I once heard a great quote that has always stuck with me. “A business owner only has to work half days, all day or all night”. I don’t remember who said it but it is so true. Being a business owner is the most exhilarating, frustrating, rewarding thing that you can do!
Let’s talk equipment! Starting a machine quilting business doesn’t mean that you must have a longarm quilting machine. I know of several people who quilt customer’s quilts on their sewing machines. And, no matter which kind of machine you go with, you don’t necessarily need all the bells and whistles. The most important thing is that it fits your needs.
I purchased my machine used almost 10 years ago, and I still use it! It doesn’t have a stitch regulator or a needle up button. Basically, it only has an on/off button and a speed control, but it has served me well! If you are thinking about buying a new machine (whether a longarm, midarm, or sewing machine), carefully consider what options you need and which ones you don’t. Try out several different kinds of machines, and ask a lot of questions.
If you already have a machine, I wouldn’t necessarily encourage you to go buy a new one. If at all possible, build up your customer base and business before investing in new equipment. Buying a big, expensive machine and then trying to figure out how to make money with it can be very, very stressful.
A Different Take
During this whole series, I am going to be interviewing other professional machine quilters. There is wisdom in the multitude of counselors, and my opinions are just limited to my own experiences. Seeing what other quilters have to say on the subject will help us all learn something. This week’s featured quilter is Tia! I specifically asked Tia to join us for today’s conversation because she has quilted for customers on her sewing machine and her longarm quilting machine. I think that her experiences prove that you can have a quilting business no matter what kind of machine.
Painting by: Sharon Smith
Thanks so much for joining me!!! Before you got your long-arm, you did your quilting on your sewing machine, did you quilt customer’s quilt tops? Or did you just use it to do your bags?
I made custom quilts before I got my long arm. I would work with a client and go from the very beginning designing a special quilt just for them. Typically I would utilize pieces of their uniforms or clothing into the quilts. I did the whole thing on one regular home machine. I didn’t know the difference really between a long arm and a regular home machine. I knew that a long-arm was big…too big for me at the time. We are a military family, so we have to move frequently and I never know the size of the house I will be trying to squeeze both my family and home business into.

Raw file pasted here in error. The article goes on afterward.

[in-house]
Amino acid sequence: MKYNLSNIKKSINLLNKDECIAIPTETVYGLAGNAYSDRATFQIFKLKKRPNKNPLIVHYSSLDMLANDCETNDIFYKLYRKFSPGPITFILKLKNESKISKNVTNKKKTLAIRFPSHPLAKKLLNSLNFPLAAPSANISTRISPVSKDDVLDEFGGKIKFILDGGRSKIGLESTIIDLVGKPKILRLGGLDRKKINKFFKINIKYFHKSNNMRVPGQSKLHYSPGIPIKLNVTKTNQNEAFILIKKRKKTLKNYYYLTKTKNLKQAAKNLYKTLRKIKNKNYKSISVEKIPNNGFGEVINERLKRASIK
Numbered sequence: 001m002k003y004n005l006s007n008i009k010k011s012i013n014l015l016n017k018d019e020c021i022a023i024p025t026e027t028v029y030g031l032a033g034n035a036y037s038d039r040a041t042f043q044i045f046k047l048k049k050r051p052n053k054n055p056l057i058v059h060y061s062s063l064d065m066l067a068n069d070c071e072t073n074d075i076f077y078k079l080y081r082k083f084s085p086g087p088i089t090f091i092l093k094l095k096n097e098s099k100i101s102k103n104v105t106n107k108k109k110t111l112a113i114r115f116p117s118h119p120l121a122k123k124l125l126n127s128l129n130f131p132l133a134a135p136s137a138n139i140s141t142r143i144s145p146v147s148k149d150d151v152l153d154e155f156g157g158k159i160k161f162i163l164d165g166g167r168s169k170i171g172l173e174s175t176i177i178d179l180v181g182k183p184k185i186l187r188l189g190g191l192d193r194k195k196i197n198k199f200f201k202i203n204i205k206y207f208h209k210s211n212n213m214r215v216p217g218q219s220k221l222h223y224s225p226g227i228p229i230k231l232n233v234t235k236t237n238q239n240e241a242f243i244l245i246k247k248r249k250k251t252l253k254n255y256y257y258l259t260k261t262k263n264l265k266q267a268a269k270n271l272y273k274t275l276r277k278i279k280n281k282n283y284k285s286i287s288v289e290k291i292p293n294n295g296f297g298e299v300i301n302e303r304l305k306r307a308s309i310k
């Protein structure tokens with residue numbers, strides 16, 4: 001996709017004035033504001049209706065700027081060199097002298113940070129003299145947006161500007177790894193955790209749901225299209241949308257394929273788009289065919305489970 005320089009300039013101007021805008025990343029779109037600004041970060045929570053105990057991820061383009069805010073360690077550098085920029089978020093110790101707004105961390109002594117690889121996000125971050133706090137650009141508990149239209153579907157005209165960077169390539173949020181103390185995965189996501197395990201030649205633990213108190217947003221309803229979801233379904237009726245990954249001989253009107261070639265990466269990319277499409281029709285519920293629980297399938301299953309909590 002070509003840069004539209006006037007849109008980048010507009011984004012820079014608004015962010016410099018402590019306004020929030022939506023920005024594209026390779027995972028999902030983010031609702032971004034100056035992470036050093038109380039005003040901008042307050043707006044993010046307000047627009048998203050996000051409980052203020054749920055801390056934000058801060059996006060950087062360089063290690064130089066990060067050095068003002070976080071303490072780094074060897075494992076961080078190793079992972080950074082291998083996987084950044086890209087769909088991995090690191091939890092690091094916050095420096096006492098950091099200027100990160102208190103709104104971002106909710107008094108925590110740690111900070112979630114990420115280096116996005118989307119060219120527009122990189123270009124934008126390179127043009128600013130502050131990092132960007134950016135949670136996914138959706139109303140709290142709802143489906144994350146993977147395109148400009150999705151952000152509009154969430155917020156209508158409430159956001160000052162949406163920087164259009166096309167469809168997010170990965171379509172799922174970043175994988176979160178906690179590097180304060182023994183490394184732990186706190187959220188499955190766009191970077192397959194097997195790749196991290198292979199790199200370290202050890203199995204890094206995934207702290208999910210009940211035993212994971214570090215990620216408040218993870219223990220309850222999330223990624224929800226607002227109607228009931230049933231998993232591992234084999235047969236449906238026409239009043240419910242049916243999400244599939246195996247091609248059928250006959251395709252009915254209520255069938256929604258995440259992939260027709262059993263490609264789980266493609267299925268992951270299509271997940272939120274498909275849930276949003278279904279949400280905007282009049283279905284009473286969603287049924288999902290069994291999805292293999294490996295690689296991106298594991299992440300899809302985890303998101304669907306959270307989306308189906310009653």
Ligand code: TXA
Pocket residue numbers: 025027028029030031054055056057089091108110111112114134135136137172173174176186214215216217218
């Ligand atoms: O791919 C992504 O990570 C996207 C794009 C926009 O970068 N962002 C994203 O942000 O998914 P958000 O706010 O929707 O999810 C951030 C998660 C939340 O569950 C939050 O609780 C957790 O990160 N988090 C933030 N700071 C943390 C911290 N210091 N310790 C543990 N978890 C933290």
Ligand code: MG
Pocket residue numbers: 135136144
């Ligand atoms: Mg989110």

I would also use the same sewing machine to quilt and sew together all my bags. I do all my piecing now on my Bernina and most quilt quilting on my Long-arm. I do still use my Bernina to quilt my bags and try new quilting designs on small quilts.
Was it hard to transition from FMQ on your sewing machine to the long arm?
No way! I felt like a falcon who was in a cage for some reason…but when I got my hands on my long-arm It was like I was set free into the wild! Now I can soar above my quilts and plan the designs miles out instead of waiting until I was right up on top of the block. The only thing that was a bit tricky was tension.
How long have you been quilting customer quilts?
I have quilted for customers for about 8 years on my domestic machine, but only over the past year have I been using my Long-arm on customers’ quilts. It makes quilting so much easier.
What is one thing that you wish you knew before you started?
I wish I was a bit more prepared for all the mechanical issues I would have. A long arm is not quite like a regular domestic machine. You can’t easily pop it off the table and toss it in your van and zip on down to the sewing machine fix it man. You will have to become somewhat skilled at fixing the issues yourself. Especially when you have a deadline and there is no one in 400 miles who even knows what a long arm is (that was when I was in San Angelo, TX). Thank goodness for patient people on the other end of the phone. I suppose in my mind I thought that switching over to a long arm would be as effortless as sewing with my Berninas. I turn my Bernina on and it is ready for a day of sewing. When I turn my Gammill on it requires a bit more love and attention before it is ready to quilt all day.
What is one piece of advice you would give to someone who is interested in quilting for others?
Look at second-hand long-arms. You can get great deals on them. Also, look into buying batting by the roll and thread wholesale. It is ok to start small, quilt your friends charity quilts for practice….look at Ebay and Etsy for quilt tops that need to be finished. I have acquired some great old tops that no one wants to finish. But careful going that route, you may end up with a sewing room full of old quilt tops and no time to practice on them!
Great words of advice Tia, thanks for joining us! Next week, the post will be all about location, location, location.
If you have specific questions about quilting machines, or machine quilting in general,leave a comment or hop on over to the forum and ask away!